In Brown v. United States, (5th Cir. 1989), we explained how this statutory language applies in the context of the WPT:
Under section 6211(a), the amount of a WPT deficiency is calculated by determining the correct amount of that tax; then there is determined, in the case of a producer not filing a WPT return, the amount of WPT withheld by the first purchaser from the producer ... [then] there is determined the 'amount of rebates.' Id. at note 24.
The Brown court provided an exemplary application of § 6211 to a WPT deficiency produced by an improper refund which nearly tracks the facts of the instant case:
assume that $90,000 WPT was withheld by the first purchaser from Brown, and that Brown (figuring that the correct amount of its WPT was only $30,000) then claimed on its income tax return a credit against its income tax liability of $60,000 overpaid WPT; assume further that the IRS thereafter determined that Brown had actually overpaid its WPT by only $10,000 because the correct amount of Brown's WPT was in fact $80,000 (rather than $30,000 as calculated by Brown). The IRS would then assess a $50,000 deficiency in Brown's 1980 WPT, calculated as follows: $80,000 (correct amount of 1980 WPT) less $30,000 (being the excess of the WPT withheld, $90,000, over $60,000, the amount of WPT overpayment credit claimed on the income tax return) equals $50,000. Id. at note 24. (emphasis added)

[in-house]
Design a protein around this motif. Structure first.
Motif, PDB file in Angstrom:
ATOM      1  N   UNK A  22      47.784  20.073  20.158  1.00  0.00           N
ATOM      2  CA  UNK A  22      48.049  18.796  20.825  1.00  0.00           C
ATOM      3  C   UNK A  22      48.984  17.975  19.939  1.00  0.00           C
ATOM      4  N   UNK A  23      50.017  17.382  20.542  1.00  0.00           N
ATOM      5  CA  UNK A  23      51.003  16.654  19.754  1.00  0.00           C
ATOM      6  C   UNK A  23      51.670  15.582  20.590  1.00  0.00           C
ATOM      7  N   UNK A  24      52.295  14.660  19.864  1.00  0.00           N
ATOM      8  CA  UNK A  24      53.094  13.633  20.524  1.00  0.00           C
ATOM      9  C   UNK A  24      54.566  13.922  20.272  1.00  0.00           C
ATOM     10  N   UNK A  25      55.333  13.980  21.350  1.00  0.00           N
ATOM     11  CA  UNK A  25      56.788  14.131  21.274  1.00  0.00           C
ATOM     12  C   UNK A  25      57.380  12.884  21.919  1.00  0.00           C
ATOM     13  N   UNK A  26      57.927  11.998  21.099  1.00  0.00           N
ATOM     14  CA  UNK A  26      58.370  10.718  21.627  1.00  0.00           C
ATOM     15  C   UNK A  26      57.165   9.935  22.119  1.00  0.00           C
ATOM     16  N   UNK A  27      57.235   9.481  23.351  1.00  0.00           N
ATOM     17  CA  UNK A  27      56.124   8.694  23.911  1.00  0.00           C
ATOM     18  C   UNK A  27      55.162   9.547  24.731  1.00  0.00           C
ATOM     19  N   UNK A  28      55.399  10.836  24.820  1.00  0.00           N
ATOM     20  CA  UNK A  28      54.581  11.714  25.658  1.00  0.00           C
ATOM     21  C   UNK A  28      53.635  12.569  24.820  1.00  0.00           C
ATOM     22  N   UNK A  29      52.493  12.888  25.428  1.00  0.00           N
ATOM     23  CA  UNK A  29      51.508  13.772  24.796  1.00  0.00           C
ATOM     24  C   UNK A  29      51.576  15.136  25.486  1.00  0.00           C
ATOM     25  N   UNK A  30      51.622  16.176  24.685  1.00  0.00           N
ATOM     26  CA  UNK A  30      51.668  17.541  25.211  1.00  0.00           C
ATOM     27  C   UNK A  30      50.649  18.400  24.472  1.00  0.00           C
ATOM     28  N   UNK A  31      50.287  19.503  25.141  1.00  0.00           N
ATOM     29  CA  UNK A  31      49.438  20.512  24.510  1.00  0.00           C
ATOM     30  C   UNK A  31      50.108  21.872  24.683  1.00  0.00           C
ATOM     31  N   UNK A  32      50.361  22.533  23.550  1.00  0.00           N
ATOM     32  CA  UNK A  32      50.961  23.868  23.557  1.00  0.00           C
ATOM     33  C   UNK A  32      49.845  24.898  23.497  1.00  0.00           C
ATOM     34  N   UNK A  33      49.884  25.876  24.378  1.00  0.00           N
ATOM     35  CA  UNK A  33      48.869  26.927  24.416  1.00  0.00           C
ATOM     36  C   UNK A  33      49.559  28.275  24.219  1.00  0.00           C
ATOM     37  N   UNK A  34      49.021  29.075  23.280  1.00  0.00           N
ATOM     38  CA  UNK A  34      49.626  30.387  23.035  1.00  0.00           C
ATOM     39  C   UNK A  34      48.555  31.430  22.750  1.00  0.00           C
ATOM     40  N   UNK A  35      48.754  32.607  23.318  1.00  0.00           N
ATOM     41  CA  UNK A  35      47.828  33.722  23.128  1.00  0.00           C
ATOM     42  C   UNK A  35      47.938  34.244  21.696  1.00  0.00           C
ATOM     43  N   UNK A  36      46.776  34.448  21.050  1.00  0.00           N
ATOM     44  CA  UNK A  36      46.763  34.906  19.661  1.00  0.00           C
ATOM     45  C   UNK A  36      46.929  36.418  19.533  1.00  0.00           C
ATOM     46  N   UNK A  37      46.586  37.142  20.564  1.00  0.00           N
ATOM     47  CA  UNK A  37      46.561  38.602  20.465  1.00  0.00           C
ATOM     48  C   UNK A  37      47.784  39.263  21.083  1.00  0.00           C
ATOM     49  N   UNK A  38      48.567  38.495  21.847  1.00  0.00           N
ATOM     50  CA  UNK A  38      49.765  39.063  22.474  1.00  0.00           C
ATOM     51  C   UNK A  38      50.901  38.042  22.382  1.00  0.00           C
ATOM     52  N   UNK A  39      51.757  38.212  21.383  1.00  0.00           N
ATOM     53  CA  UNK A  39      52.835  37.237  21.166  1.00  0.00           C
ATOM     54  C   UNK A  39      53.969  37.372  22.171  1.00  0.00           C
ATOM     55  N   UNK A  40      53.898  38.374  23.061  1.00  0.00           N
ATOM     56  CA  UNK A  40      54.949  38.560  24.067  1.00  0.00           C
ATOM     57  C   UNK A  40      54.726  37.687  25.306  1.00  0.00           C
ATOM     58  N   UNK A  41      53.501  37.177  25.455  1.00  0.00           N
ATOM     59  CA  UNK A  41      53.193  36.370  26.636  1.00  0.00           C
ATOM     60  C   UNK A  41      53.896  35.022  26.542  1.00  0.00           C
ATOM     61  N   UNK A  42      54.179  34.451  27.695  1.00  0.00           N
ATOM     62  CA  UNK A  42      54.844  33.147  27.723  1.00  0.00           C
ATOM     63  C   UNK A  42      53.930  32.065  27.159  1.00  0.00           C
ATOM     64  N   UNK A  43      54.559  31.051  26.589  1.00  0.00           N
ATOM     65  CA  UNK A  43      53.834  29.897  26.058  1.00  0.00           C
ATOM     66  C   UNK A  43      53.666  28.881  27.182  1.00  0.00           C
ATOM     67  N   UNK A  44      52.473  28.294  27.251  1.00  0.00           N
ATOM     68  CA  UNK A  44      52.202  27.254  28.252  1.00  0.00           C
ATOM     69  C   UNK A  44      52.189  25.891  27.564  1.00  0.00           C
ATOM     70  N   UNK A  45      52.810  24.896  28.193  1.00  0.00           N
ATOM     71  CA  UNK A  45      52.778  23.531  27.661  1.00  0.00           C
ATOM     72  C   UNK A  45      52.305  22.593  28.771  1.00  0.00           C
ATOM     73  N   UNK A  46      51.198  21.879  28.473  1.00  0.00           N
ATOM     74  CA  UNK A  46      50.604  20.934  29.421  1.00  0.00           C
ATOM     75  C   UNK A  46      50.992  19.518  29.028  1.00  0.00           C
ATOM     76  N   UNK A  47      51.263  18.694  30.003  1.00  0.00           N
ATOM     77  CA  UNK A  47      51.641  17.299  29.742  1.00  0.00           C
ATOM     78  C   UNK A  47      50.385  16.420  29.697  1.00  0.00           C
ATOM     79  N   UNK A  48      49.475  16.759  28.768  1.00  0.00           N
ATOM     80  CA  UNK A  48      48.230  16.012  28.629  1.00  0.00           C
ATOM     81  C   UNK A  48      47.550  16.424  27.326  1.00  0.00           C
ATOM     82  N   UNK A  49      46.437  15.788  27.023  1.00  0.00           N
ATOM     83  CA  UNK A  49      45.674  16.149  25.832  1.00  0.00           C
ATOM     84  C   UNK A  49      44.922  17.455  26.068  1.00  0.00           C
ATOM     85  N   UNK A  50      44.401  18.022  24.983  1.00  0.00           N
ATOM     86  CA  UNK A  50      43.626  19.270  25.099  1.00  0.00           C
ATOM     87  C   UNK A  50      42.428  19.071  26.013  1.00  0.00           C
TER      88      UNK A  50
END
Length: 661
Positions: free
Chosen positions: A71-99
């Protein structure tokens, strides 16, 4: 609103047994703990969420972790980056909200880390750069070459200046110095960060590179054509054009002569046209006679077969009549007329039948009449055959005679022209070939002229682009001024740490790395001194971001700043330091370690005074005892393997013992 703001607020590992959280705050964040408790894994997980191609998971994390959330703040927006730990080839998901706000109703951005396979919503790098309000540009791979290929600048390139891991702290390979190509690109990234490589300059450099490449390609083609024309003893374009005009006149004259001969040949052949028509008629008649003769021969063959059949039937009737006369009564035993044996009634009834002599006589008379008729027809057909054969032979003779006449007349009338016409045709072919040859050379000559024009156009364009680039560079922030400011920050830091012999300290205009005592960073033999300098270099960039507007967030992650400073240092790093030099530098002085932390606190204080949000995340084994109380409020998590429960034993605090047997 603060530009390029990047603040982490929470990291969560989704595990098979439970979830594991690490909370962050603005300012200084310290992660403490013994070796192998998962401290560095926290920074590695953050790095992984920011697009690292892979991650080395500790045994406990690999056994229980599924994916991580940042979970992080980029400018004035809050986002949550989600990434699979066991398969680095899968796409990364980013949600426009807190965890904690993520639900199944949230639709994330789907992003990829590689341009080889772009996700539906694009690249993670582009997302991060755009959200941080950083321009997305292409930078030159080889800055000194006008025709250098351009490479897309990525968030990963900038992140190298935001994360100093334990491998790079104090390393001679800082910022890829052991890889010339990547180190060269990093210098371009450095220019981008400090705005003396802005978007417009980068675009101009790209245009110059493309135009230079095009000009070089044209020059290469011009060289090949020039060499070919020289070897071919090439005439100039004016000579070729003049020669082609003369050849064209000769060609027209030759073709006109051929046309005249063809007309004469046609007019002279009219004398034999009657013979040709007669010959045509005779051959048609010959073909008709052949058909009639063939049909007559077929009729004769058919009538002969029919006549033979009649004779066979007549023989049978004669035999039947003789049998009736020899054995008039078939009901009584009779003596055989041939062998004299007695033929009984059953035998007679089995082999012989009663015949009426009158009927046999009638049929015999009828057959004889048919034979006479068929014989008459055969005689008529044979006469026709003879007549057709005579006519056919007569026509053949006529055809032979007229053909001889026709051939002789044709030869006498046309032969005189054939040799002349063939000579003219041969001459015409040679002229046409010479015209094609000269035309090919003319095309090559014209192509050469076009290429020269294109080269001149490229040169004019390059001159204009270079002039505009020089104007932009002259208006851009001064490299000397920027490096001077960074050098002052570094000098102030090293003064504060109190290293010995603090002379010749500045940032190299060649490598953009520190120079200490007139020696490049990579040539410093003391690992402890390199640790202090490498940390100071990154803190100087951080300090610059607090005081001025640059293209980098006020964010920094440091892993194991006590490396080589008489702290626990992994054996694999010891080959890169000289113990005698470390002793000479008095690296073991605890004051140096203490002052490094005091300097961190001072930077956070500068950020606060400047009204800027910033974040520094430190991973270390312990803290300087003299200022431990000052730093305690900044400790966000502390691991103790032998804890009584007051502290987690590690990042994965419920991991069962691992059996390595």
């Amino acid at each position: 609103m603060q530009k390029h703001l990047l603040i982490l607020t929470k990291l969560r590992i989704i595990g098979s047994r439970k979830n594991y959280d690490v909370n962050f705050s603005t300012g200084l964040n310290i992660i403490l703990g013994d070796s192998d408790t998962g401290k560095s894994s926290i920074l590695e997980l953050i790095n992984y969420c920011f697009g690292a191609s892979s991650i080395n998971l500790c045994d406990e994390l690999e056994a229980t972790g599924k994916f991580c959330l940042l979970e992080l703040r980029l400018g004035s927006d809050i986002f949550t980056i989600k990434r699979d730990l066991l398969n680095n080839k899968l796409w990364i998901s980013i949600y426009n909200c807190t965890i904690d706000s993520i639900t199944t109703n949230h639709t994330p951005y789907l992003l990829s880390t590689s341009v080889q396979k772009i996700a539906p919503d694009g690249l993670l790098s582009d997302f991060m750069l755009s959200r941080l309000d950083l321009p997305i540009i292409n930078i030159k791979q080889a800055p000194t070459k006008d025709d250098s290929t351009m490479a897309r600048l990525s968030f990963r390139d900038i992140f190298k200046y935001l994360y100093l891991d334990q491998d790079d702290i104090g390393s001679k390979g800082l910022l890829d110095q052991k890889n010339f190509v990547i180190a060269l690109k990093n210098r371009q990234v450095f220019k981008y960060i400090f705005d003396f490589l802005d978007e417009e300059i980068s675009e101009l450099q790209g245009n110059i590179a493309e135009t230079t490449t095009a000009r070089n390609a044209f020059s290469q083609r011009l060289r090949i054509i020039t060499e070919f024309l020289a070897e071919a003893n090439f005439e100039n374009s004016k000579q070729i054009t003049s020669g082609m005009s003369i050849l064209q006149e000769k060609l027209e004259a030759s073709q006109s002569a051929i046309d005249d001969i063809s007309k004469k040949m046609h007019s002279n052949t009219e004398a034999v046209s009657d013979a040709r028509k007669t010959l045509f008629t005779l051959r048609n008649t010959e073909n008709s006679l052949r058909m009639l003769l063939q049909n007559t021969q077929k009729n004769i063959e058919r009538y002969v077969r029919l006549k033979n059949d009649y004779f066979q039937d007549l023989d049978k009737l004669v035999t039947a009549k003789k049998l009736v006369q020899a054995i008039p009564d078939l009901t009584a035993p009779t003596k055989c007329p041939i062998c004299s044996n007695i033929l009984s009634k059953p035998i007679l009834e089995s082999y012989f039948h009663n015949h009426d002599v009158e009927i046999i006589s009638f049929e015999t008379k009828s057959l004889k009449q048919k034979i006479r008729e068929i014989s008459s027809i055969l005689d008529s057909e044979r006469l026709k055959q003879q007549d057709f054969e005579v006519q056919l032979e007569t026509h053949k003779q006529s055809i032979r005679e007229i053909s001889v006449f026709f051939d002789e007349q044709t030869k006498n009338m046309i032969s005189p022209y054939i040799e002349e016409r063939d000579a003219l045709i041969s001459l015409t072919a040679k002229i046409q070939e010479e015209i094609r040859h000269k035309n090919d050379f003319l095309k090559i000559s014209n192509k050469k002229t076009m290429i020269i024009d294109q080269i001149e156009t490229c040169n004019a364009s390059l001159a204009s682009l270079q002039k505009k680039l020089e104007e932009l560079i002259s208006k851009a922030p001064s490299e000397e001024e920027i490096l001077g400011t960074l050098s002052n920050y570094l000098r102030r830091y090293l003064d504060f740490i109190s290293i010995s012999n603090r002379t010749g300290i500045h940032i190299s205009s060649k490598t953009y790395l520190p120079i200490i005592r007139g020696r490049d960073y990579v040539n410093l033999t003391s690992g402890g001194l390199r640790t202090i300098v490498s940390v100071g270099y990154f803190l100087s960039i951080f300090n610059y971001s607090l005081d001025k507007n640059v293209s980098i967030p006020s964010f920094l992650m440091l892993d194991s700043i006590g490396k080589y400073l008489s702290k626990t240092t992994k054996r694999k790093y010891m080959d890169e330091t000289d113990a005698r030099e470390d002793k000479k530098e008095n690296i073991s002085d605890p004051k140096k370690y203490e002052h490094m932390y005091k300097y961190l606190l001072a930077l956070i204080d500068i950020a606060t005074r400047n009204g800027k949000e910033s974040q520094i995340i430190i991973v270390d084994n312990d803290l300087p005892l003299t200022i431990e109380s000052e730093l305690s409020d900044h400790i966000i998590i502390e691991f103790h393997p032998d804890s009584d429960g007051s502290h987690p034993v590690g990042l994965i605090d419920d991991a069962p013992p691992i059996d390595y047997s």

Significant to the analysis at hand is the Brown court's observation that the IRS could find a deficiency in Brown's WPT payment which arises from Brown's erroneous refund claim. Thus, contrary to Miles' position, under the language of § 6211, and the Brown court's application of that language to the WPT, refunds and credits are to be subtracted from the amount of tax originally paid by the taxpayer and may create a deficiency.4 In the instant case, Miles' numerous requests for refunds on the basis of NIL calculations fall under the definition of "refunds" under § 6211(b). Miles' refund requests were made on the ground that its WPT liability was less than the amount Miles actually paid. Thus, when the IRS discovered Miles' erroneous NIL calculations, it correctly found a "deficiency" under § 6211(a) by subtracting the amounts refunded to Miles from the "amount shown as the tax by the taxpayer upon his return." Because Miles' erroneous refund requests produced a deficiency in Miles' payment of the WPT, the tax court below properly exercised its jurisdiction.